Philippines is ASEAN’S  fastest growing economy and now going number 1 in the world for 2015 in investment destination, a place with a good investment climate. It has a strong economic fundamentals,  good governance,  lots of skilled workers that are educated and motivated.

World Bank said that “The Philippines is no longer a sick man in Asia, It’s now Asia’s rising tiger.” 

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An international bank HSBC predicted that in the next few decades the Philippines will likely be the world’s 16th biggest economy, helped by demographics and rising education standards, with the Philippines set to leapfrog 27 places to become the 16th largest economy by 2050.

The bank also said in a report from “The World in 2050” that plenty of places in the world look set to deliver very strong rates of growth. But they are not in the developed world, which faces both structural and cyclical head winds. They are in the emerging world.

HSBC additionally purportedly anticipated China’s takeover of the number one slot from the United States and the rise and fall of some of the world’s most progressive economies, especially the ones in Europe.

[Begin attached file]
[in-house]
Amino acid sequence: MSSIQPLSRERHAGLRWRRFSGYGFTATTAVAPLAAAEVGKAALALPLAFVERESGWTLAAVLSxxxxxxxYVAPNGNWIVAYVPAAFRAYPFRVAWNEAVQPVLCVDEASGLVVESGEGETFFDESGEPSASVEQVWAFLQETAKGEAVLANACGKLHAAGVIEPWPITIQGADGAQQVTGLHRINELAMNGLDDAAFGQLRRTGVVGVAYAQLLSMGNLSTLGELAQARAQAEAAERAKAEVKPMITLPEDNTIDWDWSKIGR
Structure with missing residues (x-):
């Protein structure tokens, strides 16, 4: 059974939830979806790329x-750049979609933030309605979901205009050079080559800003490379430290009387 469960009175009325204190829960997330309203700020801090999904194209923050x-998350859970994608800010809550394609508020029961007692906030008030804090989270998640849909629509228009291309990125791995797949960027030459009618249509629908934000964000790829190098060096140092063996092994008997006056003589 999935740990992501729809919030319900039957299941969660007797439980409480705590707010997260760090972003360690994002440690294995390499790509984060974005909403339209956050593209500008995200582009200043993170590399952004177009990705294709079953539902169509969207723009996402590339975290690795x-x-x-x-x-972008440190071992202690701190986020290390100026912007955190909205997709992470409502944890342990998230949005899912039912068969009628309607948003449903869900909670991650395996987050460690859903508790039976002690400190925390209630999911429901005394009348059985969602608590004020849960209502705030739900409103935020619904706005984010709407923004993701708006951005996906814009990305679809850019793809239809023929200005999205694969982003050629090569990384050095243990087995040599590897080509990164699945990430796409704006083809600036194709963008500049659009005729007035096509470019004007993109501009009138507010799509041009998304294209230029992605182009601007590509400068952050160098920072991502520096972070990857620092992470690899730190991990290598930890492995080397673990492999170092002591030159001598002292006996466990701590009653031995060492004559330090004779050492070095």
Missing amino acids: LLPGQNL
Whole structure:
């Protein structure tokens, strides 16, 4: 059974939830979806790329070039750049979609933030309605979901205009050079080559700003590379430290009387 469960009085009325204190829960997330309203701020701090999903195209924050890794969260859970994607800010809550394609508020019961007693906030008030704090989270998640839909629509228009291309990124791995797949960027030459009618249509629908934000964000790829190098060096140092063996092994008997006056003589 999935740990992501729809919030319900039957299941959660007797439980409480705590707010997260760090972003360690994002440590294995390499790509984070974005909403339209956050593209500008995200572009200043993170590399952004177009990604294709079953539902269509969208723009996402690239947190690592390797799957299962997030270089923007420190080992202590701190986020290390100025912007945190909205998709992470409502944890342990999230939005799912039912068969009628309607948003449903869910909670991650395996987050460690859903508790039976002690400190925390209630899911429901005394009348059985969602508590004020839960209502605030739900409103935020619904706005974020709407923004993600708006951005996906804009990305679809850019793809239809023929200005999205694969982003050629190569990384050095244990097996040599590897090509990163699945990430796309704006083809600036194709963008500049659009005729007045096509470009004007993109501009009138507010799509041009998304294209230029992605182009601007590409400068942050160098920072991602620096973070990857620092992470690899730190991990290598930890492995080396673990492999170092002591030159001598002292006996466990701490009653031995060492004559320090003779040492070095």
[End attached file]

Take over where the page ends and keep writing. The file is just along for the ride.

According to HSBC, only five European nations will be in the top 20, compared to eight today. The biggest drop will be felt in northern Europe: Denmark to 56th ( -29), Norway to 48th ( -22), Sweden to 38th (-20) and  Finland to 57th (-19).

The following are the HSBC’s List of top economies in 2050 along with their change in rank from 2010 as reported by CNN:

“In the event that we step far from the cyclicality,” says the report, “there are two ways economies can develop, either add more individuals to the production line by means of development in the working populace, or make every individual more gainful and productive.”

The formation and creation of employments and new business organizations will make individuals profitable. In spite of the fact that the full report is yet to be discharged formally, it is likely that on account of the Philippines one of the bases for the Philippine report is the development got from occupation of Filipinos abroad and additionally employments produced by the business process outsourcing industry in the nation, as these are two dollar pay workers that as of now push Philippine economy.

HSBC however cautioned that economies referred to in the report could be derailed and crashed in pushing ahead by factors like “energy consumption, constraints, climate change, war and growing barriers to population movement across borders.”

Featured image used credit to Edwin Martinez / Sources info. - CNN business,

By: Jason E. /